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Re: Why is MySQL more chosen over PostgreSQL?

From: Curt Sampson <cjs(at)cynic(dot)net>
To: Hannu Krosing <hannu(at)tm(dot)ee>
Cc: Hackers <pgsql-hackers(at)postgresql(dot)org>
Subject: Re: Why is MySQL more chosen over PostgreSQL?
Date: 2002-07-31 06:23:43
Message-ID: (view raw or flat)
Lists: pgsql-hackers
On 31 Jul 2002, Hannu Krosing wrote:

> An it is often easier to map OO languages to OOR database when you dont
> have to change your mindset when going through the interface.

But you have to anyway! Adding this inheritance does not remove the
relational model; it's still there right in front of you, and you still
have to use it. You have simply added another model to keep track of as

And I've done a fair amount of OO lanugage <-> relational database
interfacing, and the problems I've encountered are not helped by
table inheritance. In fact, table inheritance has been irrelevant.
But maybe I missed some problems.

> > allows you to do everything that inheritance allows you to do,
> > but also more.
> * And you can do anything and more that can be done in C++ in C.

Ok, this is really starting to annoy me. Can we stop with this argument,
since you *know* it is attacking a straw man?

> > If you have difficulty with keys and
> > joins, well, you really probably want to stop and fix that problem
> > before you do more work on a relational database....
> It is of course beneficial to make joins faster, but it is often easier
> to do for more specific cases, when the user has implicitly stated what
> kind of a join he means.

No, my point is, you simply cannot do good work at all on a relational
DB without understanding keys and joins. It does not matter whether
table inheritance is present or not. Therefore everybody effectivly
using a database is going to have enough knowledge to do this stuff
without table inheritance.

> One example of that is the existance of contrib/intagg which is meant to
> make the relational method usable (performance-wise) for a class of
> problems where _pure_ relational way falls down.

You seem to be confusing the relational model with a particular
implementation of a relational database. The relational model handles
this just fine, because the relational model doesn't have performance.

This particular contrib module does not change anything at all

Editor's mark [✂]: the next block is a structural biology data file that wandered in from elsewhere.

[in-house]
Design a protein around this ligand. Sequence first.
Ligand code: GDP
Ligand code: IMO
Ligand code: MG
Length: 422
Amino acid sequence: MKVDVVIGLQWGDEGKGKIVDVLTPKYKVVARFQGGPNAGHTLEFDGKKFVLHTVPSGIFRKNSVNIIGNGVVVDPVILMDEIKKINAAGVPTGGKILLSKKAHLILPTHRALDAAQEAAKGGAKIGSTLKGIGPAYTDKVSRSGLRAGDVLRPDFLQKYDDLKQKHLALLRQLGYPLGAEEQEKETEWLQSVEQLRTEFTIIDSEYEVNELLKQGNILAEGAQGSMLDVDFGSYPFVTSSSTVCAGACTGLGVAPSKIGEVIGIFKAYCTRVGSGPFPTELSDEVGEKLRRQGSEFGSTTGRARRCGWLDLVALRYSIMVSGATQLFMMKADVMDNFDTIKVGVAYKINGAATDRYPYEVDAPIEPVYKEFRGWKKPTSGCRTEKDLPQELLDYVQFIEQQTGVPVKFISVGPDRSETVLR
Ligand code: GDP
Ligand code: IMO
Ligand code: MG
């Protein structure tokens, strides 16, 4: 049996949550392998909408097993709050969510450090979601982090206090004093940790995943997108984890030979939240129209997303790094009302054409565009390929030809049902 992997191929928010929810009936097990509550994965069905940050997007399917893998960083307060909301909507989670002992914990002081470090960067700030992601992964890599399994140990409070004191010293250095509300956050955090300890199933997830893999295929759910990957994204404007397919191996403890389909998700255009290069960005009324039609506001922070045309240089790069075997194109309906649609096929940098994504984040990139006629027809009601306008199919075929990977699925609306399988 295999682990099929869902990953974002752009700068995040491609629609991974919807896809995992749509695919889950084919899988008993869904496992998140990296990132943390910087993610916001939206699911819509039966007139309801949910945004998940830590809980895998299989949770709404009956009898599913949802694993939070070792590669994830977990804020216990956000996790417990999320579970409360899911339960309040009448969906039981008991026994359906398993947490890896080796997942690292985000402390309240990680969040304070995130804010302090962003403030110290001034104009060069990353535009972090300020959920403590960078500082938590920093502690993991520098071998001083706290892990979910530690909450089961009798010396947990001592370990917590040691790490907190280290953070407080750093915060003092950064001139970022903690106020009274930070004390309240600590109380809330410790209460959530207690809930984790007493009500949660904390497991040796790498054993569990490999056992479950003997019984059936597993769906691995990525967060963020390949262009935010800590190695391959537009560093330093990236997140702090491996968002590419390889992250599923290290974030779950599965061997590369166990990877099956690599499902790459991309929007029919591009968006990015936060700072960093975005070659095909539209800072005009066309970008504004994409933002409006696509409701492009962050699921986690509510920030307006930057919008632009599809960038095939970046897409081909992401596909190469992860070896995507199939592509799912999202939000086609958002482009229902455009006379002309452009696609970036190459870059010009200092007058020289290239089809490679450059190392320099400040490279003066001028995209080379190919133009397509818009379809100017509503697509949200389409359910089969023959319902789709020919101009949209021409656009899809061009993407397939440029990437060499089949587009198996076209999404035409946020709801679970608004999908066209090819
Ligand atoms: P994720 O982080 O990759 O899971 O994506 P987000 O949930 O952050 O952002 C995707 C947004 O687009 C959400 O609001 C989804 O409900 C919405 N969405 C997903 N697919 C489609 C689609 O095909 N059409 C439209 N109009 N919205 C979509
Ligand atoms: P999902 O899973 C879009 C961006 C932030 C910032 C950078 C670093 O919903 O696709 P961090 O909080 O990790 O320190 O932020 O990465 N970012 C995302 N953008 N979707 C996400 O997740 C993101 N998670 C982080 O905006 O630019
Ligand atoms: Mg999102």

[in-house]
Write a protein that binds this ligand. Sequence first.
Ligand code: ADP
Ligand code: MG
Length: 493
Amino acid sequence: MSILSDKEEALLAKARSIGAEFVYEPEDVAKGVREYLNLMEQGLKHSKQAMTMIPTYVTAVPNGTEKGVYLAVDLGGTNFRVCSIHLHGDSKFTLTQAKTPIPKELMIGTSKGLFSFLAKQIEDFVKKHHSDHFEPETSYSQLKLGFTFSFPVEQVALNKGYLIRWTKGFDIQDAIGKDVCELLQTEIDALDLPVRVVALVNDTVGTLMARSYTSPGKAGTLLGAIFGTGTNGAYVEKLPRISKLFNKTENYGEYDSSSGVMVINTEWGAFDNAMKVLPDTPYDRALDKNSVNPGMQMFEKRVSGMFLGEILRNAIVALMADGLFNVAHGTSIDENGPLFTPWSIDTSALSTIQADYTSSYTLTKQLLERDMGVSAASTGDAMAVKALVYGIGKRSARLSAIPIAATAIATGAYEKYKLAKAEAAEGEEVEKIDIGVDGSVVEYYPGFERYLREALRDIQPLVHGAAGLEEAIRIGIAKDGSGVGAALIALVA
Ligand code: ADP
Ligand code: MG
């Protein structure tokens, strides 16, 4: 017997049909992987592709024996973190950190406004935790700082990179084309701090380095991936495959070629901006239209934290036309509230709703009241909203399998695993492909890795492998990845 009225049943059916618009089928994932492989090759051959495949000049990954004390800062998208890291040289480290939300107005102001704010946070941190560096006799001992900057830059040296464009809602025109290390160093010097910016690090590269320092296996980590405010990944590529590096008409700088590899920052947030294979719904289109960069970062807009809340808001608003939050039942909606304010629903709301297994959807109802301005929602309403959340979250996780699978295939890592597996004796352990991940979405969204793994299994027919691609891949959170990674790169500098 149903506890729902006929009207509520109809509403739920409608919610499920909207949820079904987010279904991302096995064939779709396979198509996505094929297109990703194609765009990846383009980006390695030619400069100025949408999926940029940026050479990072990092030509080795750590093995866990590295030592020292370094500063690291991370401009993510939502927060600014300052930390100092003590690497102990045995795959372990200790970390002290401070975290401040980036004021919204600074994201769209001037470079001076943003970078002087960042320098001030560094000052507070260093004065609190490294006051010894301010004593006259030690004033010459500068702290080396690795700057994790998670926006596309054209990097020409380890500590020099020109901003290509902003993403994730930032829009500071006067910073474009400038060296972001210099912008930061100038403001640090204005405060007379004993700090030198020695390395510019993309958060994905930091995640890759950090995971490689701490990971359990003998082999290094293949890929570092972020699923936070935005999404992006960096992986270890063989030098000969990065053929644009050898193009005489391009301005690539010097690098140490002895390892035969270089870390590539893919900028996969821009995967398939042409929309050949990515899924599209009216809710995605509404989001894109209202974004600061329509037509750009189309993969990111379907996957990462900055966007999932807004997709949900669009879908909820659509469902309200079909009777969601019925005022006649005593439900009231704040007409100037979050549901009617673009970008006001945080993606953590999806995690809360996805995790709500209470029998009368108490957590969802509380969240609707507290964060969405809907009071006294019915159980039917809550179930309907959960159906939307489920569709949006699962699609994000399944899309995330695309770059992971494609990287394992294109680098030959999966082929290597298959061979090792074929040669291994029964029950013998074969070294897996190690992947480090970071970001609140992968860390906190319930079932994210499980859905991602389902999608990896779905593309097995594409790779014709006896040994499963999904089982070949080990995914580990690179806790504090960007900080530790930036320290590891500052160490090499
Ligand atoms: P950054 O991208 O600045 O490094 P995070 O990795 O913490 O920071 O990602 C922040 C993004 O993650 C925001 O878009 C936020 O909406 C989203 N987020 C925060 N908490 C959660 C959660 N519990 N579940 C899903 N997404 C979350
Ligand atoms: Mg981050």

about the relational model as implemented in postgres. It just
provides a particular performance work-around. Note also that the
performance problem can also be fixed in other ways; under MS-SQL server
I'd simply use a clustered index on the one-to-many table.

In fact, given that contrib/intagg works only with relatively static
data, I'm not sure why you'd use it instead of just using the
CLUSTER command once in a while.

> SQL has had pressure to be usable for a broad range of real-world
> problems from the beginning, which theory has not.

SQL is actually much less usable for many real-world problems than
a proper relational language is. But as I said, read Date, and then
argue; I'm not going to spend days rewriting his books here.

> |Date and Darwen's _Foundation for Future Database Systems: the
> |Third Manifesto_ goes into much more detail about how they feel
> |object-oriented stuff should happen in relational databases. Appendix E
> |("Subtables and Supertables") discusses table inheritance. It ends with
> |this statement:
> |
> |    To sum up: It looks as if the whole business of a subtable
> |    inheriting columns from a supertable is nothing but a syntatic
> |    shorthand--not that there is anything wrong with syntatic
> |    shorthands in general, of course, but this particular shorthand
> |    does not seem particularly useful, and in any case it is always
> |    more than adequately supported by the conventional view mechanism.
> Which is clearly not true in PostgreSQL's case, as adequate support
> would IMHO mean that the rules for insert/update/delete were generated
> automatically for views as they are for select.

It certainly would be nice if we did that.

> Of course we could go the other way and remove support for VIEW's as
> they can be done using a table and a ON SELECT DO INSTEAD rule.
> Actually this is how they are done.

*Sigh*. You seem to be unable to distinguish between changes to
the conceptual model of a system and changes to implementation

Curt Sampson  <cjs(at)cynic(dot)net>   +81 90 7737 2974
    Don't you know, in this new Dark Age, we're all light.  --XTC

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